How to do strict matching whitelisting?

I would like to ensure that only whitelisted URIs are accepted by Caddy on a static site.

Today, the fully open site is defined as

https://hello.example.com {
  root * /path/to/site/dir
  file_server
}

It works great, https://hello.example.com/afile.txt is retrieved correctly.

I now would like to make the following restrictions:

  • the content of the directory stays as it: afile.txt and anotherfile.txt
  • afile.txt is available through https://hello.example.com/asecretstringhardtoguess/afile.txt
  • anotherfile.txt and anything else is not available at all

In other words, you have to know asecretstringhardtoguess to build the URI for a specific file.

How can I approach that?

Version 2: if the setup above is too complicated, having a common asecretstringhardtoguess-based URI for all files would be OK too:

https://hello.example.com/asecretstringhardtoguess/afile.txt
https://hello.example.com/asecretstringhardtoguess/anotherfile.txt

are available, but not https://hello.example.com/afile.txt or https://hello.example.com/anotherfile.txt

I’m not sure what you’re trying to do here… But “security through obscurity” is not a good way to go. Why do you want to do this?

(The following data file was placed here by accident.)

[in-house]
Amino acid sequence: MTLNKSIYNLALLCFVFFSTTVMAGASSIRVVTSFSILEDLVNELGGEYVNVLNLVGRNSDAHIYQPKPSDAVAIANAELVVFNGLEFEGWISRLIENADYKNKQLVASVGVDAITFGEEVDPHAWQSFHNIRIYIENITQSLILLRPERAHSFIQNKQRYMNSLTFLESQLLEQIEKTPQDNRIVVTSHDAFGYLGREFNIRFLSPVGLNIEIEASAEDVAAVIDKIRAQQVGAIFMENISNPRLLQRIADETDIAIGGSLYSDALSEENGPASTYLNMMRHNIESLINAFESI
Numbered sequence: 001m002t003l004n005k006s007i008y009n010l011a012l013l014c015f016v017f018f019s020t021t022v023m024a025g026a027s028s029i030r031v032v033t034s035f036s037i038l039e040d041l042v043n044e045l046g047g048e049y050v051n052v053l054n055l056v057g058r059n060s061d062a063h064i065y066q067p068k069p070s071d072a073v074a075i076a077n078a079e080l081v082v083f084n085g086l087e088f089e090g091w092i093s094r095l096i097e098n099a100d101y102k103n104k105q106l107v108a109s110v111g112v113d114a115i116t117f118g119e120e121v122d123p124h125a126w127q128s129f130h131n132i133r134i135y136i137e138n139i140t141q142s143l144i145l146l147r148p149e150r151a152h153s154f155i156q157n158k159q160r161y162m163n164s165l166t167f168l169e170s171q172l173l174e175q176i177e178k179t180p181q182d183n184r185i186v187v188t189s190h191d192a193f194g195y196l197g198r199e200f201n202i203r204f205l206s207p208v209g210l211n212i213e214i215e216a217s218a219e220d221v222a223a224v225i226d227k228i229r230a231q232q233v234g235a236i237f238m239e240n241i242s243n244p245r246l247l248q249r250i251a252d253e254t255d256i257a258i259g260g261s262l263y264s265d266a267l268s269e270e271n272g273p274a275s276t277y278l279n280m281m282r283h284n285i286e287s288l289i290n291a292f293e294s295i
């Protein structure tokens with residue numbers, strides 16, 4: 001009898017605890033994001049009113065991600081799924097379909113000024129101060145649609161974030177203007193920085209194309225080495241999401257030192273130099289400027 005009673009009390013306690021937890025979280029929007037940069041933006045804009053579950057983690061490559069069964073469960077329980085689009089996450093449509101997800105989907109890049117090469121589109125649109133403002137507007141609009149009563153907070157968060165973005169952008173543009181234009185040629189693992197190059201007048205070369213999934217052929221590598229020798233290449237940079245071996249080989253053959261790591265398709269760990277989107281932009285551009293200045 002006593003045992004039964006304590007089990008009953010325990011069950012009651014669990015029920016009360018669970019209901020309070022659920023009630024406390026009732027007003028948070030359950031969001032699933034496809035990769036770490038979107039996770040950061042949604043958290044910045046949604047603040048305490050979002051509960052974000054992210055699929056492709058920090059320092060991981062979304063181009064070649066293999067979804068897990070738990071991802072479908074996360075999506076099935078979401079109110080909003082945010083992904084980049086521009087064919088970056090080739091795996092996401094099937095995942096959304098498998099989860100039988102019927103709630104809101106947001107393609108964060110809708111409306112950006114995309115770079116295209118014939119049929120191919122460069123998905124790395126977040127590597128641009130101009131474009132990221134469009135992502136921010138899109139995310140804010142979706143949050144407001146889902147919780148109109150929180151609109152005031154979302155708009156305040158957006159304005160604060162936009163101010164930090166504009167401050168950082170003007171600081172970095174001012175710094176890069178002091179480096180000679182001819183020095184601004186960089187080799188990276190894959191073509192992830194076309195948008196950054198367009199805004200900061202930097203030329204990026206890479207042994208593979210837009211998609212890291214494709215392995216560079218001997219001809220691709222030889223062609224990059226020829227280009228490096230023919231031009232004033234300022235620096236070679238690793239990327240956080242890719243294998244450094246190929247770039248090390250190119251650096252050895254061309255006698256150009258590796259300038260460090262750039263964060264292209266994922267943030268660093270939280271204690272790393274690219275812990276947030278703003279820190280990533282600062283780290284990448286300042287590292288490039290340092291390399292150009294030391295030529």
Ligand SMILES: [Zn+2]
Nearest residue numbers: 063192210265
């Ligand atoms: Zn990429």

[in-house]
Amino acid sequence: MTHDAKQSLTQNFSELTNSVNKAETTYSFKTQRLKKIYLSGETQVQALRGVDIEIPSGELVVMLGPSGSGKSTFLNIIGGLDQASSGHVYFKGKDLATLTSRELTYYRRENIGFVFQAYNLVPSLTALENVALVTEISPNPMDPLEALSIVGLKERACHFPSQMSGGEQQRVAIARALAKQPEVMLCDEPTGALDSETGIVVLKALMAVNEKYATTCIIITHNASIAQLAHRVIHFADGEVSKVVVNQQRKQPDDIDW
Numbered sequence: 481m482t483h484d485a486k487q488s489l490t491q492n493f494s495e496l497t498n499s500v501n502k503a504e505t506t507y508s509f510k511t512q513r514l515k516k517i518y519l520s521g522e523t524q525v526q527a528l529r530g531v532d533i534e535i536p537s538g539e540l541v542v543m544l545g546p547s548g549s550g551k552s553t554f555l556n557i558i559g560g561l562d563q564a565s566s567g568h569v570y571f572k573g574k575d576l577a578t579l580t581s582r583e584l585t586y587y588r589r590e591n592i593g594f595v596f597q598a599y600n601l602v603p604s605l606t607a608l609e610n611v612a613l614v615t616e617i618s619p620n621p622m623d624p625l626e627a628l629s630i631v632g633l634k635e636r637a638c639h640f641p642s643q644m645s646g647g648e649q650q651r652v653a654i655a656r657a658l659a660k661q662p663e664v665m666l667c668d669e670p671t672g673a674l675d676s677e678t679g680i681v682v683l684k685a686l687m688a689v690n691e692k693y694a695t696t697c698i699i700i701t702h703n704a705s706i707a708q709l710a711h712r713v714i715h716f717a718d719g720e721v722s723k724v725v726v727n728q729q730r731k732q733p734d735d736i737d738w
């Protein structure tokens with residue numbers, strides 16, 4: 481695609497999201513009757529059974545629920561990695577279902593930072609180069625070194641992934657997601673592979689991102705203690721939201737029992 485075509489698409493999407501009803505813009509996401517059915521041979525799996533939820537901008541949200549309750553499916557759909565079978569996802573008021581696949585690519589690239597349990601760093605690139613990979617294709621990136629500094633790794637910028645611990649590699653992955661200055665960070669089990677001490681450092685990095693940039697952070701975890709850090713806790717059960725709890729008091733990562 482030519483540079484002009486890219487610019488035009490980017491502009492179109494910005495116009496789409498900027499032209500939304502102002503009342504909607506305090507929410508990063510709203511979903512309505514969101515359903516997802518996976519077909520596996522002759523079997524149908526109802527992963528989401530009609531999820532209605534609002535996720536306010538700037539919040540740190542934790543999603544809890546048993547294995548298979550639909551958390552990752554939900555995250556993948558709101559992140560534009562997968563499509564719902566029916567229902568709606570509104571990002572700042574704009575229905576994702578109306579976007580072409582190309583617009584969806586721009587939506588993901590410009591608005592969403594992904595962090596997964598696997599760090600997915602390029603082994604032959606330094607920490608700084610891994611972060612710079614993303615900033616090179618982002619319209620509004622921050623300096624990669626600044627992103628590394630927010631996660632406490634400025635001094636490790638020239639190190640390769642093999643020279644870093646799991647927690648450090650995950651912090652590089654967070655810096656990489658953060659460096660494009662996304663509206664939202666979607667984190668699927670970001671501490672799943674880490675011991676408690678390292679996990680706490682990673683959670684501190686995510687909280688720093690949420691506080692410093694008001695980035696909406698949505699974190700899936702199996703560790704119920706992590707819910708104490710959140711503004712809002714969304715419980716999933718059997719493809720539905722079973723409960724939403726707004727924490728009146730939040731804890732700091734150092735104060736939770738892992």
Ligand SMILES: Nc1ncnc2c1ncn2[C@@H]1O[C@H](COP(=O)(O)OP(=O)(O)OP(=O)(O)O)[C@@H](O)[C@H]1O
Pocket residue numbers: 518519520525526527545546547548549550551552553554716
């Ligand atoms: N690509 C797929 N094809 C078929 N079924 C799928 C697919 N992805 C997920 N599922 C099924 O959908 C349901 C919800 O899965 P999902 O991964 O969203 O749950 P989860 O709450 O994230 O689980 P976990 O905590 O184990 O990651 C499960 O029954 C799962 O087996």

Realize that crawlers may still find the files if it ever gets linked to from elsewhere.

Yes, I am really aware of that (as an infosec professional). I want to put a layer of protection on data that is quasi-public anyway.

But my question was not really about “should I do it” or “is it safe”, but rather “is it doable”? :slight_smile:

Why not simply place the files in the directory /path/to/site/dir/asecretstringhardtoguess/ ?

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Version 1:

example.com {
  @secretpaths {
    path /asecretstringhardtoguess/afile.txt
    path /adifferentstringentirely/anotherfile.txt
  }
  handle @secretpaths {
    uri strip_prefix /asecretstringhardtoguess
    uri strip_prefix /adifferentstringentirely
    root * /path/to/site/dir
    file_server
  }
}

We declare a strict (non-globular) list of paths that we allow in @secretpaths.

Then we handle all the paths we’ve allowed, first stripping all the possible secret strings (throwing a full set of URI stripping at every request shouldn’t be much of a bother at all for the CPU because these are simple string manipulations and I don’t envision you’ll have a lot of these…)

The secret strings are double handled, but by allowlisting entire paths, we prevent any cross-secretstring-requests because our allowlist items contain a 1:1 secret to requested file relationship.

Version 2:

example.com {
  handle_path /asecretstringhardtoguess/* {
    root * /path/to/site/dir
    file_server
  }
}

This version simply requires (and then strips) the asecretstringhardtoguess as the first path element for any request to successfully be routed to the file server.

3 Likes

Ahhhhh… this is how one misses obvious solutions by thinking out of the box :slight_smile: Thank you.

And thank you for the solutions in your other post as well!

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